Drawing New Conclusions: Is the Second Amendment a Fundamental Right?

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February 6, 2017
Adam Joseph Neuman

The notion of what constitutes a fundamental right accompanies constitutional analysis on nearly every level. Put simply, the Second Amendment must be scrutinized to assess what precisely it comes to protect. A careful look at both clauses and the cases that follow shed light on the amendment's purpose and function. This piece is the second in a series of three and followsDrawing New Conclusions: Clarifying Gun Laws for the New Supreme Court.”

Until District of Columbia v. Heller, the prefatory clause was fundamental to understanding the Second Amendment. In United States v. Cruikshank, the Court explicitly stated that the right to bear arms is not granted by the Constitution. In U.S. v Miller, the Court explained, “the signification attributed to the term Militia appears from the debates in the convention, the history and legislation of Colonies and States.” Miller did not guarantee a citizen’s right to possess a sawed off shotgun because it was not “ordinary military equipment.” Miller further noted that “no one person” has the absolute right to bear arms. With that precedent, where does Scalia get his idea to reinterpret the Second Amendment? Perhaps Scalia was influenced by Justice Rehnquist’s decision in U.S. v. Lopez, which held that the federal law forbidding individuals from knowingly carrying a gun in a school zone was unconstitutional because the commerce clause cannot regulate gun laws that do not have a substantial effect on interstate commerce. This decision was shocking as, for the first time in sixty years, the Court invalidated a federal statute under the commerce clause, seemingly to simply uphold a gun law.

Fundamental Rights, Scrutiny, and the Second Amendment

Zablocki v. Redhail stresses that tradition, natural law, and historically protected rights are to be considered when determining what constitutes a fundamental right. Is there a history or tradition of protecting firearms? Is it natural to possess a gun? Although the Second Amendment is historically significant, an individual right to bear arms is neither rooted in history nor is it a natural law. The drafting history of the Bill of Rights demonstrates an intentional focus on the militia and originally granted the States their own right to arm a militia against a tyrannical federal government. Federalists assured Anti-Federalists that states could propose this provision, and Madison made a deliberate choice to adopt language that included “militia” juxtaposed with the right to bear arms. The Second Amendment, therefore, was meant to protect states from federal tyranny, not to protect the “history and tradition” of bearing arms.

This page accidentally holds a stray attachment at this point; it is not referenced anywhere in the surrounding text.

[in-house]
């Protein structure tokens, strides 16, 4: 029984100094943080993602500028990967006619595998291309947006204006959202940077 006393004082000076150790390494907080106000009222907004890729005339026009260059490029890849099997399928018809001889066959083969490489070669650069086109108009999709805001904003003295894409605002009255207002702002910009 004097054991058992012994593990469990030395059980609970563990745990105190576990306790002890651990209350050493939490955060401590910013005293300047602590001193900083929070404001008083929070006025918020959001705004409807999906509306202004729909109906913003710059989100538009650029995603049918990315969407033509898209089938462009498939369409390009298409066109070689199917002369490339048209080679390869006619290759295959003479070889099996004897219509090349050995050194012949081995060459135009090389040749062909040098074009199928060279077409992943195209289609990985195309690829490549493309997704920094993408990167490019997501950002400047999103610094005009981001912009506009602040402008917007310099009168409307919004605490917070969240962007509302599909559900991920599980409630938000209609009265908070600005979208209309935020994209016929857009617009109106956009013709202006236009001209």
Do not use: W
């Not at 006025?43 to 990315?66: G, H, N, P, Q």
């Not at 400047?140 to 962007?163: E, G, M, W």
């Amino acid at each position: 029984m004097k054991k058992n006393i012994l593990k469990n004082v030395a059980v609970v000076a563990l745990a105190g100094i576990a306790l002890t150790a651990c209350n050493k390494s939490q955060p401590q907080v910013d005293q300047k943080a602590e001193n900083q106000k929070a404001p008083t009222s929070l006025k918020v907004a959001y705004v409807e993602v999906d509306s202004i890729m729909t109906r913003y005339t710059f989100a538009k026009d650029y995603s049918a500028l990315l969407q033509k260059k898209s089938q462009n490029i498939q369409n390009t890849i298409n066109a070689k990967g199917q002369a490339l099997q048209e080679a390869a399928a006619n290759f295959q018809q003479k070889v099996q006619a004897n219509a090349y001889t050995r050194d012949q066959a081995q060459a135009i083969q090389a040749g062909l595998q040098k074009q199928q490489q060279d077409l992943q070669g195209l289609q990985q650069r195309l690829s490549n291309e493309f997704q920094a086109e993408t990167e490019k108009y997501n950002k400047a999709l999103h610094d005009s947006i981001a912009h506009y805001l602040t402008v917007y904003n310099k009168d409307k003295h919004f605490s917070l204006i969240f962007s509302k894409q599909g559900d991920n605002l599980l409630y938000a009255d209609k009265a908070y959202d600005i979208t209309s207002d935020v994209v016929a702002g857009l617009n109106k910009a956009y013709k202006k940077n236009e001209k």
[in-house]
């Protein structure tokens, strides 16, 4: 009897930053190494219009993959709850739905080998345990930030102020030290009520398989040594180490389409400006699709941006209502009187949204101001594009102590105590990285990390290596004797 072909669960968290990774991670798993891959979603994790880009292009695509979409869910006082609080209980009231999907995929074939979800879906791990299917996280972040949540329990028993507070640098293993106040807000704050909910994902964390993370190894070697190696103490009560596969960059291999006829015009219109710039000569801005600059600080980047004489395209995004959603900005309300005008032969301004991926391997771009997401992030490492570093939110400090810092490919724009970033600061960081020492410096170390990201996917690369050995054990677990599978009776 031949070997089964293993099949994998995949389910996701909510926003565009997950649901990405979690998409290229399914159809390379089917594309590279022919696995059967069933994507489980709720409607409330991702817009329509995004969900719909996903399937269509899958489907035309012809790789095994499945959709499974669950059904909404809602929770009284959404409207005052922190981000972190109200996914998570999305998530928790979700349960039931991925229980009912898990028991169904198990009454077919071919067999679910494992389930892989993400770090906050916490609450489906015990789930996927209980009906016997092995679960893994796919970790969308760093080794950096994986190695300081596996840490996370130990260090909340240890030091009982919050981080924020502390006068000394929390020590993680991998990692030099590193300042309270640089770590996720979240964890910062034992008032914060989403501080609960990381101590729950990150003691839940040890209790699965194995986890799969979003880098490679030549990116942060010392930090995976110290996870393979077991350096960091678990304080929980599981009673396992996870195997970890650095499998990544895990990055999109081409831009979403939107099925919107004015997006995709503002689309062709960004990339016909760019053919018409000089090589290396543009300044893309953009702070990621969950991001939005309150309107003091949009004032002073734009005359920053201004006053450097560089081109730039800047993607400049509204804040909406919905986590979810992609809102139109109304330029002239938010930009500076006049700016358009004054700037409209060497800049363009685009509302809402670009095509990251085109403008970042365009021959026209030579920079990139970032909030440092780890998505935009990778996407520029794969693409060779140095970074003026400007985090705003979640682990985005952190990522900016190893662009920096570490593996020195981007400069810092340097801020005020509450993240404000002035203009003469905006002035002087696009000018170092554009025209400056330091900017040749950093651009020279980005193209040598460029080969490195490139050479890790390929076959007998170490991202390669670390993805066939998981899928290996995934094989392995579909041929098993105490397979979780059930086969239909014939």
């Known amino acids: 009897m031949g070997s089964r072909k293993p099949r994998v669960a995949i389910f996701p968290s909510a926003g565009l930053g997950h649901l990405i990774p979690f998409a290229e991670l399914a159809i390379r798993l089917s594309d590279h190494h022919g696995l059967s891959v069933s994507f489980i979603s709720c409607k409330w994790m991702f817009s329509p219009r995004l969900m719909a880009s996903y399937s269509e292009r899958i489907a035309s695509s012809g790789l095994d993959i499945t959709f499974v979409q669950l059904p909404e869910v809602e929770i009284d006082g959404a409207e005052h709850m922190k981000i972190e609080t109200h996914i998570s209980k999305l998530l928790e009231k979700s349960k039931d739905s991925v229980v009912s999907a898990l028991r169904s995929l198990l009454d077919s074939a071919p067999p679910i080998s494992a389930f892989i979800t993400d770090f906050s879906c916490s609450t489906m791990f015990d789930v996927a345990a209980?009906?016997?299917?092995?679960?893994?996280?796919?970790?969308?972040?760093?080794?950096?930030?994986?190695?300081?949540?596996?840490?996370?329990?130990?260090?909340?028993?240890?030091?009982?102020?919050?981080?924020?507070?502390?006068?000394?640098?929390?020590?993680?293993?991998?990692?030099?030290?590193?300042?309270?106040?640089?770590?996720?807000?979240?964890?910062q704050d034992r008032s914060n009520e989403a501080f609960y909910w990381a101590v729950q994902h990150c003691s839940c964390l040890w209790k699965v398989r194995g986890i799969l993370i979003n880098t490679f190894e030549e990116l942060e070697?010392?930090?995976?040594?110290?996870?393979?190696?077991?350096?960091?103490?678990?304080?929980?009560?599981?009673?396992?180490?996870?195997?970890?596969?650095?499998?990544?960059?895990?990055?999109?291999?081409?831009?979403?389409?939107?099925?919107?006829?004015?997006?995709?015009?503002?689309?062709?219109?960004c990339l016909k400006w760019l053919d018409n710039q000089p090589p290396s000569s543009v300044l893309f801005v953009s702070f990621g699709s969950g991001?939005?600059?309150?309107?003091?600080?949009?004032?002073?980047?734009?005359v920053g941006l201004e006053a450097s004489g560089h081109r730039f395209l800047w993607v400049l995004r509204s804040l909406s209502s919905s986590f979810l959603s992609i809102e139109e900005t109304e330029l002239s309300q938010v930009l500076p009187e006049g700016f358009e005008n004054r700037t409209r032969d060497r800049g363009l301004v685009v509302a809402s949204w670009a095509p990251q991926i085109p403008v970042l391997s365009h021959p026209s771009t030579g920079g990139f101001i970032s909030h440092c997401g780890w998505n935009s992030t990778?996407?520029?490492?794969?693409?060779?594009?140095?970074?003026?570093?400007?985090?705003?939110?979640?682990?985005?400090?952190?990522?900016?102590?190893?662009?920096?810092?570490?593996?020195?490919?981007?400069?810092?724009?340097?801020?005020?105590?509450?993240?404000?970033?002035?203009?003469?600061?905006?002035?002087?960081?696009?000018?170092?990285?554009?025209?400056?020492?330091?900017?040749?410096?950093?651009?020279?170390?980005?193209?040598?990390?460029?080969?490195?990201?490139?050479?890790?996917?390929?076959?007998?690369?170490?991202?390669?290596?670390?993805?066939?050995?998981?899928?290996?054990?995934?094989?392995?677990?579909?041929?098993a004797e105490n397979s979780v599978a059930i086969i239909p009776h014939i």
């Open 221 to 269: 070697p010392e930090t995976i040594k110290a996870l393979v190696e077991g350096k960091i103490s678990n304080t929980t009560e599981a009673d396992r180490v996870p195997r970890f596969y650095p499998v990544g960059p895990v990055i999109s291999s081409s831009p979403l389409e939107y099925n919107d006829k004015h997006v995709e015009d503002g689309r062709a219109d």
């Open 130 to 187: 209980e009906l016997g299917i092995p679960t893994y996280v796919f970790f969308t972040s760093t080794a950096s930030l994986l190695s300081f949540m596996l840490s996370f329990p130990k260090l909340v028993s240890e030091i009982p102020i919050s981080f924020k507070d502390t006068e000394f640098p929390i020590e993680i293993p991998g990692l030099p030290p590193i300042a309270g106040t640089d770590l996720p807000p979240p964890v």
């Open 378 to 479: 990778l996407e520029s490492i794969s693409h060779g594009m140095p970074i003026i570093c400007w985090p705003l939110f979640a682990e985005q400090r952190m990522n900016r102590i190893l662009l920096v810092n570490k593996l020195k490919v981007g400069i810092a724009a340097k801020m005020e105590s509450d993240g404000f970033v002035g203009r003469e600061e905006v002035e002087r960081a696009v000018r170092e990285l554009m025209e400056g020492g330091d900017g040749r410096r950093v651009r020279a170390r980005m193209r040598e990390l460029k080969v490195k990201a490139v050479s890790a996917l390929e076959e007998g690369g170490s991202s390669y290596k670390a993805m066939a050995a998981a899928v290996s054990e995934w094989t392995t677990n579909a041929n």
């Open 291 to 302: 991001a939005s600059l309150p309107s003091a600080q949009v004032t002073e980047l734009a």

Scalia’s majority in Heller concedes Breyer’s criticism that a level of scrutiny was not established for Second Amendment analysis and proposes that future cases will help “expound” on the level of scrutiny. Justice Alito took it upon himself to answer this scrutiny question in the majority opinion in McDonald v. Chicago, which holds that the Due Process Clause of the Fourteenth Amendment limits Chicago from banning the possession of handguns by private citizens. Alito explains that the right to keep and bear arms is among the nation’s fundamental rights. If the right to bear arms is a fundamental right, then strict scrutiny is required. Once again, this ignores the understanding that the rights that are protected by the Due Process Clause, as noted in Snyder v. Massachusetts, must be “rights that are so rooted in the traditions and conscience of our people as to be ranked as fundamental.” Furthermore, the Due Process Clause protects rights that are “the very essence of a scheme of ordered liberty…a fair and enlightened system of justice” (Palko v. Connecticut). These interpretations narrow the scope of the criteria for fundamental right status. Fundamental rights such as the rights to vote, marriage, privacy, abortion, and to teach your children come to mind after reading the above-mentioned quotations. Those rights deal with protecting our liberties, privacy, and the very fabric of our identity. Does the right to bear arms resemble the items on that list? Bearing arms is not a fundamental right, and the level of scrutiny should be that of rational basis review which calls for a government’s rational perspective and deferral to the legislature. It is more than rational to save lives by creating gun regulation laws. But even if an individual’s right to bear arms was somehow deemed a fundamental right, the law can, and on occasion must, change in light of new circumstances (Obergefelle v. Hodges).

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